To prevent these substantially dangerous use effects the present device has been provided. It comprises safety means for securing the batteries in place and preventing the possibility of them being dislodged when the toy is spinning. The preferred securing means preferably involves a substantially rigid plastic or otherwise rigid non-conducting safety bracket that can movably connect to a fixed position over said batteries. A metallic safety bracket can be used if proper care is made to prevent it from interfering with the interior circuit. This securing means not only retains the substantially heavy batteries in place but also maintains the positioning of the metal contacts and leads in place except, of course, for the flexible circuit connector. However, the batteries being substantially heavy are the most likely to become dislodged and also become the most dangerous if dislodged. Thus means are preferably provided both internally and externally to maintain the contents of the toy interior in position. The internal content securing means is preferably in the form of a movable rigid plastic hook that pivots at one end and upon a terminal focal piece and is adapted to lock into an attachment means at its opposite terminal end. The external content securing means is preferably in the form of a screw or bolt that is adapted to be threaded through at least portions of both disc-halves thereby connecting them together. This screw also extends through the center portion of the internal securing means thus providing bonus additional strength to this structure. While the internal securing means is illustrated in the drawings as a narrow single linear structure it may be in the form of any suitable securing means such as an X-form that would extend over most of the contents. It is important, however, that the interior securing means satisfactorily hold the batteries in position and prevent dislodging and be adapted to cooperate with the external securing means to provide an additional measure of security.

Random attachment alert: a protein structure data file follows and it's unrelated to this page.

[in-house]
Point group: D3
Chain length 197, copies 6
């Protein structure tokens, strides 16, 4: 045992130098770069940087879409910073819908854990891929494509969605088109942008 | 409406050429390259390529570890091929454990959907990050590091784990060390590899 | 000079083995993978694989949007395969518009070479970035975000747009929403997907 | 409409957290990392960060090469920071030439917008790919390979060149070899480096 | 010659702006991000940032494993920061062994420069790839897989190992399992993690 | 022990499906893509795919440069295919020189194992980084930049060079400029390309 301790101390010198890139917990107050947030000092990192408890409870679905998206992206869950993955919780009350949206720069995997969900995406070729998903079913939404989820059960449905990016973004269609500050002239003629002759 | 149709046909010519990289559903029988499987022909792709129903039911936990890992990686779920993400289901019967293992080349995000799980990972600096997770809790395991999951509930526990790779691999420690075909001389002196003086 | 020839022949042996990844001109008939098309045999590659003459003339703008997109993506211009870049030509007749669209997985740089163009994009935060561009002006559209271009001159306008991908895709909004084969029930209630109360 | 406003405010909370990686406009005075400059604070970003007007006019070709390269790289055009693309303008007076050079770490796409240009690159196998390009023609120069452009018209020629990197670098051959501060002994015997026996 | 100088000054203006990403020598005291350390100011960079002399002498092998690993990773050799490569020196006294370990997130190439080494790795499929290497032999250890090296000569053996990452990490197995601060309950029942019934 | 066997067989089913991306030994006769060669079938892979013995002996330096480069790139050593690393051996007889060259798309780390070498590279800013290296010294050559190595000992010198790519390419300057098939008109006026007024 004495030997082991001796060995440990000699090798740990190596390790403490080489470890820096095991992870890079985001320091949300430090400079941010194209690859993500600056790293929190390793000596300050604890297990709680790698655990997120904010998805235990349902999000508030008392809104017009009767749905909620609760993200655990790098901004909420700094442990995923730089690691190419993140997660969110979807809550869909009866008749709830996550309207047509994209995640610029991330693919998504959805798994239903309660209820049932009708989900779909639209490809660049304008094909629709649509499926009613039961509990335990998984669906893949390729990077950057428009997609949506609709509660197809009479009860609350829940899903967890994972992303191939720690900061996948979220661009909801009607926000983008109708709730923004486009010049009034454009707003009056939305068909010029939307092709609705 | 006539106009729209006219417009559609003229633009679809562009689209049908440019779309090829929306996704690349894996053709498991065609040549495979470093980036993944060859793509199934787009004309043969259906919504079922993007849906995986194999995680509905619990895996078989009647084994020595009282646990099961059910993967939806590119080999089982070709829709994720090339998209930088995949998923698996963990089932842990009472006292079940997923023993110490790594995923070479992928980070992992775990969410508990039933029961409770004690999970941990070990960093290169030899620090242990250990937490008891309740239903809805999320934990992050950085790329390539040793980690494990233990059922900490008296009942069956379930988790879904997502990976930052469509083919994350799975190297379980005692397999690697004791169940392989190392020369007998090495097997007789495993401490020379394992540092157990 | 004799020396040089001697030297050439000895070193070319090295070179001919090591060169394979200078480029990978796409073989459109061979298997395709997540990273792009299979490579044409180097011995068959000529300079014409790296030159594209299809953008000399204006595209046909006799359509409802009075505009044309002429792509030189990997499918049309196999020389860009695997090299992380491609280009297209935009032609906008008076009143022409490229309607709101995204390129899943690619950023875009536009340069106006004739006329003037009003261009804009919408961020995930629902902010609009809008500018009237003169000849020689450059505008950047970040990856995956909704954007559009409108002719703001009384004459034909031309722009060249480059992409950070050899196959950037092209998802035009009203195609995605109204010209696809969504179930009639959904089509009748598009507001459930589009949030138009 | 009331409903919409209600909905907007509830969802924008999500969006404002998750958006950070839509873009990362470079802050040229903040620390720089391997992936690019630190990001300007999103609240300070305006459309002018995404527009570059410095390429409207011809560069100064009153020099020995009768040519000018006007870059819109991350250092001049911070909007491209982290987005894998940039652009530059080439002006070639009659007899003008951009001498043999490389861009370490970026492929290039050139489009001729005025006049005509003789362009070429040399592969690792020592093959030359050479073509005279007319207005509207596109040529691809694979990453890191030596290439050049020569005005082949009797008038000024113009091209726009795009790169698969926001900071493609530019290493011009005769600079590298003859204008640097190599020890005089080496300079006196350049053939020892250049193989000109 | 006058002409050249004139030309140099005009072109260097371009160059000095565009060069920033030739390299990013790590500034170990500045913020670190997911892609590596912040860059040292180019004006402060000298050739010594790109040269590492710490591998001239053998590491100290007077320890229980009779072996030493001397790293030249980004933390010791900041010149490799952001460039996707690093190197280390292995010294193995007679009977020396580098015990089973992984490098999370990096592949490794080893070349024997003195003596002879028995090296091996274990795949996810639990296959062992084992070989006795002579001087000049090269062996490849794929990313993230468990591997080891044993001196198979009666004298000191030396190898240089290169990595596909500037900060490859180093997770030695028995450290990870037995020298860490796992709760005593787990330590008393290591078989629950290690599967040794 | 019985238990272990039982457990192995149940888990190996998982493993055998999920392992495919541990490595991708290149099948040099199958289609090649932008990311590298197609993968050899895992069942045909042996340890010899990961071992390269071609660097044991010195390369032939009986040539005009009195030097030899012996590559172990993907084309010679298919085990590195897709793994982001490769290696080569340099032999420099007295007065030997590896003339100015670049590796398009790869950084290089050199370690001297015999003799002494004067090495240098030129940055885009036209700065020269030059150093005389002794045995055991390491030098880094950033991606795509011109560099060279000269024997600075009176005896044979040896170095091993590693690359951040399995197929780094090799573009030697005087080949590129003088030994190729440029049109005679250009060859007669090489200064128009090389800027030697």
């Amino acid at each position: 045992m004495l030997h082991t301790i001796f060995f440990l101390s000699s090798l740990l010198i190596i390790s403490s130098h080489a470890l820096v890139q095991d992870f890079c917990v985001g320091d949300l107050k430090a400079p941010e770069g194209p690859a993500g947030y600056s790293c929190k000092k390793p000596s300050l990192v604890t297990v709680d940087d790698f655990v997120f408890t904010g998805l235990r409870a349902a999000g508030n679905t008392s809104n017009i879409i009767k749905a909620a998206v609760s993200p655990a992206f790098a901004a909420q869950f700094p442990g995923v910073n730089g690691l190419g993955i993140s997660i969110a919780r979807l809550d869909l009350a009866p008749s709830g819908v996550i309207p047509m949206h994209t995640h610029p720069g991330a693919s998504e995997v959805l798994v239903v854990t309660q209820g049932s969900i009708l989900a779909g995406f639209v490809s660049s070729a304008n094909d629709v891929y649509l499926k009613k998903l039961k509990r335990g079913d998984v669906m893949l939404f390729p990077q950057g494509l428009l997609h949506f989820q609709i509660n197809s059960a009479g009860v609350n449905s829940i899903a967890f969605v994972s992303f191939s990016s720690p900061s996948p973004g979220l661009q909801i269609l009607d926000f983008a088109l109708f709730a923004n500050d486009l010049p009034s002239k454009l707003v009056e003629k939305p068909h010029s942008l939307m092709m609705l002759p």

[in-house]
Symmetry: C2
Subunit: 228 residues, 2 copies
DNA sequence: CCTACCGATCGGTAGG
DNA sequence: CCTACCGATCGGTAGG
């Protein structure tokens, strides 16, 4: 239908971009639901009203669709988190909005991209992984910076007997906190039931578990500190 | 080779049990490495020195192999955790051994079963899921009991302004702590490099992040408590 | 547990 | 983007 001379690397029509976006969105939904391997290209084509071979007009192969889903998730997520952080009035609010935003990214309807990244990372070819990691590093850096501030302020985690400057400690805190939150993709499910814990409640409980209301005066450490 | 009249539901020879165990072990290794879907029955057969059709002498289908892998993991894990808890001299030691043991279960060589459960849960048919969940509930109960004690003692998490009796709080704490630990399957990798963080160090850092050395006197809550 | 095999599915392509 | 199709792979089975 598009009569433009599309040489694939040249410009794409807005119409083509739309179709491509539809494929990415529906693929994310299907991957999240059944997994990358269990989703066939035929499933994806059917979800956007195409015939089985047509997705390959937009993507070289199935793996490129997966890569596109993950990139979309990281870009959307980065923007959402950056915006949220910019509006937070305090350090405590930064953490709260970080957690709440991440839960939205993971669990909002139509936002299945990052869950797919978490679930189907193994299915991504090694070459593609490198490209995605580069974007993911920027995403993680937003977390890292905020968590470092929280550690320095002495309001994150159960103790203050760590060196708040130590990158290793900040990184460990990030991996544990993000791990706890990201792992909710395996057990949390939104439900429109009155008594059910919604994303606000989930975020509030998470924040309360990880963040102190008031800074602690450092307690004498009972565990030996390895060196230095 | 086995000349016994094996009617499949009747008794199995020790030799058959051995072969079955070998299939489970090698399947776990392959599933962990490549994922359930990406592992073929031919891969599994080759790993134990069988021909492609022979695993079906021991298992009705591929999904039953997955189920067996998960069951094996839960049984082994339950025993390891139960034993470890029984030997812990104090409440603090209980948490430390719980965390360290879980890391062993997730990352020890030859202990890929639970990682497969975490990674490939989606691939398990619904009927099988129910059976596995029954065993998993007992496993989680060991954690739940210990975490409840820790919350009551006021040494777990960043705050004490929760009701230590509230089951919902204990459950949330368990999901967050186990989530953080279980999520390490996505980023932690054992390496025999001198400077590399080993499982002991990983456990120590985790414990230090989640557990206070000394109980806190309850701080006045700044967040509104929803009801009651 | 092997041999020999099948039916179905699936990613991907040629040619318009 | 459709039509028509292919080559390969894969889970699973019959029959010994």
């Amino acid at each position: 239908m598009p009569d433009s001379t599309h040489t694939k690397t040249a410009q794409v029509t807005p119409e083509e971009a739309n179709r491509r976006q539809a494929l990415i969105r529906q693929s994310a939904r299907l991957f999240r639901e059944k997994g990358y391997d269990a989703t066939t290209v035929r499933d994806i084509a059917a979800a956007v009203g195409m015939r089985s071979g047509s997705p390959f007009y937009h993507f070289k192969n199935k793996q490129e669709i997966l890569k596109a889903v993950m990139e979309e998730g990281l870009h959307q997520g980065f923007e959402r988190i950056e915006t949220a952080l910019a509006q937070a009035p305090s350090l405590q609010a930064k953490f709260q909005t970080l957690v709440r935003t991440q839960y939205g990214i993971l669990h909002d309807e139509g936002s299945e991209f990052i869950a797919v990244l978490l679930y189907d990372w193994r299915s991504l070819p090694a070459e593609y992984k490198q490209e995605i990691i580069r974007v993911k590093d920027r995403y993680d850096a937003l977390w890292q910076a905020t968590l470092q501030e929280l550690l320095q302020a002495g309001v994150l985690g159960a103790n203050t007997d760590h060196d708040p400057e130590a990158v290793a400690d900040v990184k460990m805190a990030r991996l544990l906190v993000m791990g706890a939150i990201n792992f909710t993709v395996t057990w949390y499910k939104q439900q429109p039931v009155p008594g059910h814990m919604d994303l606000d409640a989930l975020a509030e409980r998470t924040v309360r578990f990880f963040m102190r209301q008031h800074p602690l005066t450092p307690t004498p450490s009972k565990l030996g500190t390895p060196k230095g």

In lieu of the flexible lead or contact being designed so that it contacts the bulb upon spinning of the toy device to close the circuit and illuminate the device, it can be made to contact a battery terminal to close the circuit and illuminate the device. In other words, in one embodiment all electrical circuit contacts will be in place except for the lead from the bulb to one of the terminals. This lead may be left open at either end, either the end adjacent the bulb or the end adjacent the terminal. The spinning of the toy disc provides the energy or force to cause centrifugal force upon the flexible lead and cause contact with the electrical component (bulb or battery) required to close the circuit.